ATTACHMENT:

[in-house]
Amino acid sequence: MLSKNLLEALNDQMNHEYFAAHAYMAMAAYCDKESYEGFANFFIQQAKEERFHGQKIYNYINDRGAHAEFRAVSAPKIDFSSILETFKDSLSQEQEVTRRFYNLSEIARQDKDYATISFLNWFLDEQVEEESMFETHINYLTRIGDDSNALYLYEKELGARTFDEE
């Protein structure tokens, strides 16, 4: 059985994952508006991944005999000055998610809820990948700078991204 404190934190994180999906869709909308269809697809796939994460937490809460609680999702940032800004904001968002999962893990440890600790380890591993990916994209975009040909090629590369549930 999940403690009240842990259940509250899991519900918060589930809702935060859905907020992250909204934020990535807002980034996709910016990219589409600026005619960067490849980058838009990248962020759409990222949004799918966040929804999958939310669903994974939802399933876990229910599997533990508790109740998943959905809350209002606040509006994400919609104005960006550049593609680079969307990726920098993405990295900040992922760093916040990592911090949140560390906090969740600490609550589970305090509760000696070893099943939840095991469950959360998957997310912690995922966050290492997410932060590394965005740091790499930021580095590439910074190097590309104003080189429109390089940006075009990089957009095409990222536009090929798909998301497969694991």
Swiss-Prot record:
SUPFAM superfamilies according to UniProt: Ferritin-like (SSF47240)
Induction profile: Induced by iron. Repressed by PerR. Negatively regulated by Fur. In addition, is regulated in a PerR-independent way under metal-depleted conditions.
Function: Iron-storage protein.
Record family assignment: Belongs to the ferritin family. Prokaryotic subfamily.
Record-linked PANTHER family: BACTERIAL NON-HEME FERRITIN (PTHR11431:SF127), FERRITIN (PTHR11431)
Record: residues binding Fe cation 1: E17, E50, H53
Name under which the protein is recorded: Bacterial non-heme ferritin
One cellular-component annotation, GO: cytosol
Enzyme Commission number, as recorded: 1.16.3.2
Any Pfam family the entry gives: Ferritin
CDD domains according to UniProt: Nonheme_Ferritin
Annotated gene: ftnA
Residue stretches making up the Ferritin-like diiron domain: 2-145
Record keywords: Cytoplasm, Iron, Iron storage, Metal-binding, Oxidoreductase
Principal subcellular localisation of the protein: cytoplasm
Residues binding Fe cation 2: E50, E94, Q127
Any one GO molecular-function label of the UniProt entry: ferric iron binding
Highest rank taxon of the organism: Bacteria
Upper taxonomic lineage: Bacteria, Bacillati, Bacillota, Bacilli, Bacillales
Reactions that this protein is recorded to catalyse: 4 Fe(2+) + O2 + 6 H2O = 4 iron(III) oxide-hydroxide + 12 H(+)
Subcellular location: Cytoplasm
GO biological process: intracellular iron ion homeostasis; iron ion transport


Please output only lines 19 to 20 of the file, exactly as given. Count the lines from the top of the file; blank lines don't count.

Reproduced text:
Principal subcellular localisation of the protein: cytoplasm
Residues binding Fe cation 2: E50, E94, Q127